Military Lecture: “It was hell, that’s all”: Artillery and the Senses in the Canadian Corps, 1914-1918
March 21 @ 7:00 pm - 8:30 pm
The First World War on the Western Front was overwhelmingly a war of artillery. Both sides’ firepower dictated what form the war would take, driving men to dig trenches to conceal and protect themselves, but even then, artillery was responsible for over half of Canadian casualties. Given the significance of its role, it is no surprise that the letters, diaries and memoirs of soldiers make frequent reference to the unending roar of the guns and the damage wrought by shellfire.
But what was it like to fight with the artillery? Though stationed further from the front lines than the infantry, gunners underwent many of the same experiences and faced many of the same risks. They, too, struggled to fight a war against enemies they couldn’t see, learned how to use sound as a tool for self-preservation and were frequent targets of enemy guns. Despite these commonalities, however, the ways in which gunners understood the war and their role within it could vary drastically from their infantry counterparts. Using the senses — namely vision, hearing and touch — this presentation explores the lives of Canadian gunners and demonstrates the ongoing need to look beyond the trenches in order to better understand the diverse experiences of Canadians fighting the First World War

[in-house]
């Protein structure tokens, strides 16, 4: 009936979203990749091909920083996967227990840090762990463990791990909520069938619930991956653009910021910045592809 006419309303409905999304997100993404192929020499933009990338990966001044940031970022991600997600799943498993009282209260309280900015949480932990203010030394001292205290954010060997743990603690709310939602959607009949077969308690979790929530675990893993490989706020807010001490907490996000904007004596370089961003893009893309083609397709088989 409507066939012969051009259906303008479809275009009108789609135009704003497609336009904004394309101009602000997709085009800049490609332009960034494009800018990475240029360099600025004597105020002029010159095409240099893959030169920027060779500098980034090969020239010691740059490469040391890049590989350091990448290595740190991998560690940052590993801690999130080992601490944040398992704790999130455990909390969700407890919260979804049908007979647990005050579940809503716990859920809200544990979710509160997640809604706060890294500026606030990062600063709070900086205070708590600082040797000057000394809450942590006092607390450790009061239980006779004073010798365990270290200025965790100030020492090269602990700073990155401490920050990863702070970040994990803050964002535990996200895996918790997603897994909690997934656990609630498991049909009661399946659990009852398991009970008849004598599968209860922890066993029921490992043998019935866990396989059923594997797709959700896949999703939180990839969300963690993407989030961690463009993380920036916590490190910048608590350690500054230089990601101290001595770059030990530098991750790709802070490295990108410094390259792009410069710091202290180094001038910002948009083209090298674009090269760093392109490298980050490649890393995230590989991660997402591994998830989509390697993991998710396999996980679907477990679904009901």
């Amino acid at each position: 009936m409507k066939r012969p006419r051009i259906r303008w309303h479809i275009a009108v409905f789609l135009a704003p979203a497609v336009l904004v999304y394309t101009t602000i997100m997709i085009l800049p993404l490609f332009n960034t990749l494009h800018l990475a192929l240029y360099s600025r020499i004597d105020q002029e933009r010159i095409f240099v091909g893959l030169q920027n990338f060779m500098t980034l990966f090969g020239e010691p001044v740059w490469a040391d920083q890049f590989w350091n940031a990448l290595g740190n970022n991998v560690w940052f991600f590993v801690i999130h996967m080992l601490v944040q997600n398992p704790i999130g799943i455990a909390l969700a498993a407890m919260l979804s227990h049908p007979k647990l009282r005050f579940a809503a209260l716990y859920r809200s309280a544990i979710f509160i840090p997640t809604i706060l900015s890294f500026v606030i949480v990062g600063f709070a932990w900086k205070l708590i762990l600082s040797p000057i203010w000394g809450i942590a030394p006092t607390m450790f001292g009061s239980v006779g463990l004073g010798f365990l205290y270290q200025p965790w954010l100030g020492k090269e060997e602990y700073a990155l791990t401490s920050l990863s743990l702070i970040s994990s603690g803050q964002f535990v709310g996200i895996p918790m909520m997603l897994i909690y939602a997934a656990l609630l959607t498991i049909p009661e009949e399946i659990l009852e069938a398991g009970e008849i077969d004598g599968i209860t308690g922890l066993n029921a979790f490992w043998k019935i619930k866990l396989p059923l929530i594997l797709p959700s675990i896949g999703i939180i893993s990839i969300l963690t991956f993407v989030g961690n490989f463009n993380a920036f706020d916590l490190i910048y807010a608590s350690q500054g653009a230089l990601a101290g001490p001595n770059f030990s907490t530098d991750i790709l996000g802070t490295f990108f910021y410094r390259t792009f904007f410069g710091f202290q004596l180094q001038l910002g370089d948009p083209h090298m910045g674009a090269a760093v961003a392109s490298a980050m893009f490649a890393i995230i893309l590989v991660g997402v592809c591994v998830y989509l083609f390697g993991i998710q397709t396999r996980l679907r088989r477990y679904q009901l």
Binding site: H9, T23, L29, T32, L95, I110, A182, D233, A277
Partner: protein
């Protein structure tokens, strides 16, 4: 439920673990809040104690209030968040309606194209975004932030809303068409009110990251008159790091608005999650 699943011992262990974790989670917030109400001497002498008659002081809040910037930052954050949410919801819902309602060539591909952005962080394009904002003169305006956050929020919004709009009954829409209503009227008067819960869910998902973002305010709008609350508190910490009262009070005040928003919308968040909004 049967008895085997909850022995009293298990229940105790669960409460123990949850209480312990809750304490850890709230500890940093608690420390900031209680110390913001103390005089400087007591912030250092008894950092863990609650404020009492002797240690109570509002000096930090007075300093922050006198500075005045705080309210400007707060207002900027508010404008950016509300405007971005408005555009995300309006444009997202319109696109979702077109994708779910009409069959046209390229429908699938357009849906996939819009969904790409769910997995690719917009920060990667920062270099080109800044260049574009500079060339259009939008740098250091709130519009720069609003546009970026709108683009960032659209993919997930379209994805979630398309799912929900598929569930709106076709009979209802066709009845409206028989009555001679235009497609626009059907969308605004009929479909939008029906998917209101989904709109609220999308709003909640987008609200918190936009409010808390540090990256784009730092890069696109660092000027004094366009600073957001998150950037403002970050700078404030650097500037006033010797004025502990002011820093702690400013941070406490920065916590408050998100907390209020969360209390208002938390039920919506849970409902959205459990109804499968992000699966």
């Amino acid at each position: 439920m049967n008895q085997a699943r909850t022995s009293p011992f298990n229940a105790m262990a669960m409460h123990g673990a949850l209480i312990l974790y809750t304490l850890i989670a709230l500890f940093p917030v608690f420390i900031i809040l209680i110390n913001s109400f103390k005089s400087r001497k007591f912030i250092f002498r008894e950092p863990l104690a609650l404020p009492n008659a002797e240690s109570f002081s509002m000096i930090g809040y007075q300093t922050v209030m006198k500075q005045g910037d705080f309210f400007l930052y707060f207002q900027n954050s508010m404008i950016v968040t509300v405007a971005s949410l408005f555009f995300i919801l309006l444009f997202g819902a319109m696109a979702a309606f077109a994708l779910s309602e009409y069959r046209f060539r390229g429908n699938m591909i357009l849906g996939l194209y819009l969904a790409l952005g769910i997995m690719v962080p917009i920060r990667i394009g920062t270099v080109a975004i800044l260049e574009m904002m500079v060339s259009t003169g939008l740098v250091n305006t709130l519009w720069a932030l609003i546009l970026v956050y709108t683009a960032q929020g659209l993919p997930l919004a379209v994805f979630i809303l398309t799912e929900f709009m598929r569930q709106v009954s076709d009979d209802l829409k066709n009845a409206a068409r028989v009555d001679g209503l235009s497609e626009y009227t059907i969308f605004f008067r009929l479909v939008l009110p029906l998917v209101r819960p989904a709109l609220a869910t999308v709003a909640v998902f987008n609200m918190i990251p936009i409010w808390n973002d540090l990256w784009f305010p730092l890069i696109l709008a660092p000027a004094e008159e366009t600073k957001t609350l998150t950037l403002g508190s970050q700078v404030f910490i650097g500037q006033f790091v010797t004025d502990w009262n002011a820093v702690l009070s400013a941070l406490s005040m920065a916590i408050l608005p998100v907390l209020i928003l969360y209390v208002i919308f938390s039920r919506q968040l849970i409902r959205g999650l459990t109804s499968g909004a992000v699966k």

“It was hell, that’s all”: Artillery and Senses in the Canadian Corps, 1914-1918 is presented by Hazel Scott Pankratz. The lecture will premiere in-person at the Civic Museum, and online via our Facebook livestream. Preregistration is not required. The recorded conversation will be available on Facebook, YouTube, and our Museum Everywhere Portal. Guelph Museums’ Military Lecture series is presented in partnership with the Laurier Centre for the Study of Canada.
About Hazel Scott Pankratz
Hazel Scott Pankratz is a PhD candidate in history at Western University, where her research focuses on the intersection of technology, the body and lived experience in the Canadian artillery during the First World War. She holds degrees from Trent University and Wilfrid Laurier University.